Michigan State Spartans cross country

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The Michigan State Spartans cross country teams represent Michigan State University.

Men's Teams[edit]

Cross Country, first run as an intramural competition in 1907 and as an intercollegiate competition in 1910, has historically been Michigan State’s most successful men’s sport; especially during a four-decade period spanning roughly 1930-1970 during which the Spartans won eight NCAA championships and numerous IC4A and Big Ten titles. Having outgrown the MIAA, then Michigan Agricultural College initially ran cross country as an independent.

Between WWI and WWII, Michigan State College competed in the Central Collegiate Conference, winning titles in 1926-1929, 1932, 1933, and 1935. Michigan State also experienced success in the IC4A, at New York’s Van Cortlandt Park, winning 15 team titles (1933–1937, 1949, 1953, 1956–1960, 1962, 1963, and 1968). Since entering the Big Ten in 1950, Michigan State has won 14 men’s team titles (1951–1953, 1955–1960, 1962, 1963, 1968, 1970 and 1971). Michigan State hosted the inaugural NCAA cross country championships in 1938 and every year thereafter through 1964 (there was no championship in 1943). The Spartans won NCAA championships in 1939, 1948, 1949, 1952, 1955, 1956, 1958, and 1959. The following coaches led Michigan State to major titles: CCC (Morton Mason, Lauren Brown), IC4A (Lauren Brown, Karl Schlademan, Fran Dittrich, Jim Gibbard), Big Ten (Karl Schlademan, Fran Dittrich, Jim Gibbard), and NCAA (Lauren Brown, Karl Schlademan, Fran Dittrich).[1][2][3]

Men's Individual Champions[edit]

Individual champions include: CCC (Lauren Brown 1927, 1929; Clark Chamberlain 1930, 1931; and Tom Ottey 1932, 1933); IC4A (Clark Chamberlain 1930; Tom Ottey 1933, 1934; Ed Bechtold 1935; Ken Waite 1936; Henry Kennedy 1955, 1956; and Crawford Kennedy 1957-1959); Big Ten (Henry Kennedy 1955, 1956; Crawford Kennedy 1959; and Gerald Young 1960). Athletes who ran cross country at Michigan State and also made Olympic rosters in various events include Tom Ottey (USA), Warren Druetzler (USA), Lyle Garbe (Canada), and David Lean (Australia).[4][5][6]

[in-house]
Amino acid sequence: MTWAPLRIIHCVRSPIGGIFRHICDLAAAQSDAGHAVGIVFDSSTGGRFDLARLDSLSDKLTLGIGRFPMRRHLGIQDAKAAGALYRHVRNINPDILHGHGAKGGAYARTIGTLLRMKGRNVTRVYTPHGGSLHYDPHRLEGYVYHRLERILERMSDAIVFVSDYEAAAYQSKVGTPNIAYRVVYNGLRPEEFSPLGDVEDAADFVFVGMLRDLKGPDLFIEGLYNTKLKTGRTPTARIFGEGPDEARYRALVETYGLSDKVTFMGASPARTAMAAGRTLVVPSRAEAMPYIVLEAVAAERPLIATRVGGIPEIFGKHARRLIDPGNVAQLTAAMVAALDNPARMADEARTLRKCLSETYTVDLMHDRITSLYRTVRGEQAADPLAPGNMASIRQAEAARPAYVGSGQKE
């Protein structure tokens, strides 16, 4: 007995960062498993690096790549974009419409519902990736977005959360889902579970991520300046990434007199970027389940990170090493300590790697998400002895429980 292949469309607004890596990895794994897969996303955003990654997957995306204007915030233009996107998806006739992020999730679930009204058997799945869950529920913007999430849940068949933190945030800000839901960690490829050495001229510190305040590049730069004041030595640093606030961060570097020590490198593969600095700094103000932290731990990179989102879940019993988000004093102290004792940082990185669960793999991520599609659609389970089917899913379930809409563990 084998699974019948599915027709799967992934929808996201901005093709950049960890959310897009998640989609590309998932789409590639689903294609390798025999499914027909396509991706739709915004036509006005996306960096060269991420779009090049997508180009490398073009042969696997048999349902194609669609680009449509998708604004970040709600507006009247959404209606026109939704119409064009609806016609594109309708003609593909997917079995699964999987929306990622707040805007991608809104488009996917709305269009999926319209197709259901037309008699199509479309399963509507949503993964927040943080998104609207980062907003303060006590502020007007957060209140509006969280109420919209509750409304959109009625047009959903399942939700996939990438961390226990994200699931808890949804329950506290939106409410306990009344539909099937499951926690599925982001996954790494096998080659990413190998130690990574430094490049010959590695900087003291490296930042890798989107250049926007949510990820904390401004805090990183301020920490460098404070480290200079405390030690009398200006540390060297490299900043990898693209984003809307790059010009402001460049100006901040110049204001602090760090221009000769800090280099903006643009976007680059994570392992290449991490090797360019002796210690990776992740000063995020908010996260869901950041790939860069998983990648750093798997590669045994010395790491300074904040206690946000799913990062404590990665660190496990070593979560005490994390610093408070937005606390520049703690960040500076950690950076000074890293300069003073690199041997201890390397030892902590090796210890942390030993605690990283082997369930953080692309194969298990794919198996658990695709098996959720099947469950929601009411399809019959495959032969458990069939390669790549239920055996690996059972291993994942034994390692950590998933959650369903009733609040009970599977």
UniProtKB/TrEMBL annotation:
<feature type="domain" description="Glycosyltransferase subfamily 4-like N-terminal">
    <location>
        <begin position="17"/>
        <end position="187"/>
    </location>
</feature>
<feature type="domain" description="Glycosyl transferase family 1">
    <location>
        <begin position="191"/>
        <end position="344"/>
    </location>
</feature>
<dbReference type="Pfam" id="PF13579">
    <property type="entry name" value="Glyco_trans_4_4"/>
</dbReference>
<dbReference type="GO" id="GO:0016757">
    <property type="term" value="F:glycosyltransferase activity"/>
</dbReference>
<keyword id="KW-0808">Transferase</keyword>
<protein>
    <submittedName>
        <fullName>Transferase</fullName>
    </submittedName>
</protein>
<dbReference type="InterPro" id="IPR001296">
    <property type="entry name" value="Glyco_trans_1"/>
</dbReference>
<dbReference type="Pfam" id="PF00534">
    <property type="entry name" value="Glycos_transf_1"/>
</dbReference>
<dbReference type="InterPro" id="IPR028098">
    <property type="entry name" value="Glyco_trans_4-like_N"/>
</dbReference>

In addition to champions listed previously, the following MSU athletes achieved All-American status at the NCAA championship (those listed are unofficial prior to the award’s creation in 1948, but based on the same criteria):

Women's Teams and Individual Champions[edit]

Women’s cross country competition commenced in 1974 as a club sport and gained varsity status in 1975. Michigan State won Big Ten championships in 1981 (coach John Goodrich), 2001 (coach Jim Stintzi), 2010 and 2011[10] (coach Walter Drenth)and finished in the top 15 at the NCAA championship eight times (1981, 1999, 2001, 2002, 2004, 2006, 2007, and 2008), making this decade tops in the history of the program. Individual Big Ten champions include Misty Allison (1991), Michelle Carson (2002), Danette Doetzel (2004), Nicole Bush (2008), and Emily MacLeod (2010).[11][12][13][14]

In addition to champions listed previously, the following MSU athletes achieved All-American status at the NCAA championship:

References[edit]

  1. ^ Erickson, C. (2007). 2007-2008 Michigan State Cross Country and Track and Field Media Guide. East Lansing: MSU Sports Information Office.
  2. ^ NCAA Web-site (Retrieved 6 July 2010). http://www.ncaa.com/history/xc-d1.html.
  3. ^ Frimodig, L., & Stabley, F. (1971). Spartan Saga: A History of Michigan State Athletics. East Lansing: Michigan State University.
  4. ^ Erickson, C. (2007). 2007-2008 Michigan State Cross Country and Track and Field Media Guide. East Lansing: MSU Sports Information Office.
  5. ^ NCAA Web-site (Retrieved 6 July 2010). http://www.ncaa.com/history/xc-d1.html.
  6. ^ Frimodig, L., & Stabley, F. (1971). Spartan Saga: A History of Michigan State Athletics. East Lansing: Michigan State University.
  7. ^ Erickson, C. (2007). 2007-2008 Michigan State Cross Country and Track and Field Media Guide. East Lansing: MSU Sports Information Office.
  8. ^ NCAA Web-site (Retrieved 6 July 2010). http://www.ncaa.com/history/xc-d1.html.
  9. ^ Frimodig, L., & Stabley, F. (1971). Spartan Saga: A History of Michigan State Athletics. East Lansing: Michigan State University.
  10. ^ "Women's Cross Country Claims Back-to-Back Big Ten Titles". Retrieved July 5, 2012. 
  11. ^ Erickson, C. (2007). 2007-2008 Michigan State Cross Country and Track and Field Media Guide. East Lansing: MSU Sports Information Office.
  12. ^ NCAA Web-site (Retrieved 6 July 2010). http://www.ncaa.com/history/xc-d1.html.
  13. ^ Frimodig, L., & Stabley, F. (1971). Spartan Saga: A History of Michigan State Athletics. East Lansing: Michigan State University.
  14. ^ http://www.msuspartans.com/sports/c-xc/recaps/103110aab.html
  15. ^ Erickson, C. (2007). 2007-2008 Michigan State Cross Country and Track and Field Media Guide. East Lansing: MSU Sports Information Office.
  16. ^ NCAA Web-site (Retrieved 6 July 2010). http://www.ncaa.com/history/xc-d1.html.
  17. ^ Frimodig, L., & Stabley, F. (1971). Spartan Saga: A History of Michigan State Athletics. East Lansing: Michigan State University.

External links[edit]